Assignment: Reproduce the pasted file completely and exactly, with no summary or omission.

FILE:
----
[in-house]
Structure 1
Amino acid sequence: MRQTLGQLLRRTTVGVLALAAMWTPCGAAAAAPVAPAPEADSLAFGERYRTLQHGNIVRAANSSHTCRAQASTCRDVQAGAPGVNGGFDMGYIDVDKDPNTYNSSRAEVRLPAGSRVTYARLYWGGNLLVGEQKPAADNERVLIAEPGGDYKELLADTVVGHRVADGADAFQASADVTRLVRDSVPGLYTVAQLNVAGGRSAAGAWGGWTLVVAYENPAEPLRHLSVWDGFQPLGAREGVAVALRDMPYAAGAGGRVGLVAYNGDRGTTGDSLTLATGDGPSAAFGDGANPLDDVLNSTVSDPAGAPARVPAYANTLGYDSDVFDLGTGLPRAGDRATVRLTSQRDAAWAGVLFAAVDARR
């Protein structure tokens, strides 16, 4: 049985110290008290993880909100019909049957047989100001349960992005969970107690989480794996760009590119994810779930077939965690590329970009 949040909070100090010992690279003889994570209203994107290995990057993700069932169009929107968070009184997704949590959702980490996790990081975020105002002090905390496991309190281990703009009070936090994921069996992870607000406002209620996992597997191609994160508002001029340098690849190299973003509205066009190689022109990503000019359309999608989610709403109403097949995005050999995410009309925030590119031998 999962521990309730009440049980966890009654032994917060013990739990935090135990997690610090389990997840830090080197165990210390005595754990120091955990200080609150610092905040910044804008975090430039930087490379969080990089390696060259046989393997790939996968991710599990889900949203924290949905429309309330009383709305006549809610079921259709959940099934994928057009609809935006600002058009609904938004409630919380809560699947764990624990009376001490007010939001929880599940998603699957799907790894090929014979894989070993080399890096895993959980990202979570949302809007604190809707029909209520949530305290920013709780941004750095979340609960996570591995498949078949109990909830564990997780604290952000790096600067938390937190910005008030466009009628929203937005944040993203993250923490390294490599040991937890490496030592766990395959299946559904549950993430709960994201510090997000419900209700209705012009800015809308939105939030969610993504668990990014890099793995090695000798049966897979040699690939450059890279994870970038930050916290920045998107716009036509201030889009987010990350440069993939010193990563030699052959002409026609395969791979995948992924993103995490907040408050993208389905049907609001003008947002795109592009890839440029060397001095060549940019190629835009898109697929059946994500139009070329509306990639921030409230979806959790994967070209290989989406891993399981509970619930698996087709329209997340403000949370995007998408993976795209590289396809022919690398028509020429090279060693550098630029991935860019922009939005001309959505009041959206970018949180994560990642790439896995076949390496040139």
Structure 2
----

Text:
[in-house]
Structure 1
Amino acid sequence: MRQTLGQLLRRTTVGVLALAAMWTPCGAAAAAPVAPAPEADSLAFGERYRTLQHGNIVRAANSSHTCRAQASTCRDVQAGAPGVNGGFDMGYIDVDKDPNTYNSSRAEVRLPAGSRVTYARLYWGGNLLVGEQKPAADNERVLIAEPGGDYKELLADTVVGHRVADGADAFQASADVTRLVRDSVPGLYTVAQLNVAGGRSAAGAWGGWTLVVAYENPAEPLRHLSVWDGFQPLGAREGVAVALRDMPYAAGAGGRVGLVAYNGDRGTTGDSLTLATGDGPSAAFGDGANPLDDVLNSTVSDPAGAPARVPAYANTLGYDSDVFDLGTGLPRAGDRATVRLTSQRDAAWAGVLFAAVDARR
């Protein structure tokens, strides 16, 4: 049985110290008290993880909100019909049957047989100001349960992005969970107690989480794996760009590119994810779930077939965690590329970009 949040909070100090010992690279003889994570209203994107290995990057993700069932169009929107968070009184997704949590959702980490996790990081975020105002002090905390496991309190281990703009009070936090994921069996992870607000406002209620996992597997191609994160508002001029340098690849190299973003509205066009190689022109990503000019359309999608989610709403109403097949995005050999995410009309925030590119031998 999962521990309730009440049980966890009654032994917060013990739990935090135990997690610090389990997840830090080197165990210390005595754990120091955990200080609150610092905040910044804008975090430039930087490379969080990089390696060259046989393997790939996968991710599990889900949203924290949905429309309330009383709305006549809610079921259709959940099934994928057009609809935006600002058009609904938004409630919380809560699947764990624990009376001490007010939001929880599940998603699957799907790894090929014979894989070993080399890096895993959980990202979570949302809007604190809707029909209520949530305290920013709780941004750095979340609960996570591995498949078949109990909830564990997780604290952000790096600067938390937190910005008030466009009628929203937005944040993203993250923490390294490599040991937890490496030592766990395959299946559904549950993430709960994201510090997000419900209700209705012009800015809308939105939030969610993504668990990014890099793995090695000798049966897979040699690939450059890279994870970038930050916290920045998107716009036509201030889009987010990350440069993939010193990563030699052959002409026609395969791979995948992924993103995490907040408050993208389905049907609001003008947002795109592009890839440029060397001095060549940019190629835009898109697929059946994500139009070329509306990639921030409230979806959790994967070209290989989406891993399981509970619930698996087709329209997340403000949370995007998408993976795209590289396809022919690398028509020429090279060693550098630029991935860019922009939005001309959505009041959206970018949180994560990642790439896995076949390496040139």
Structure 2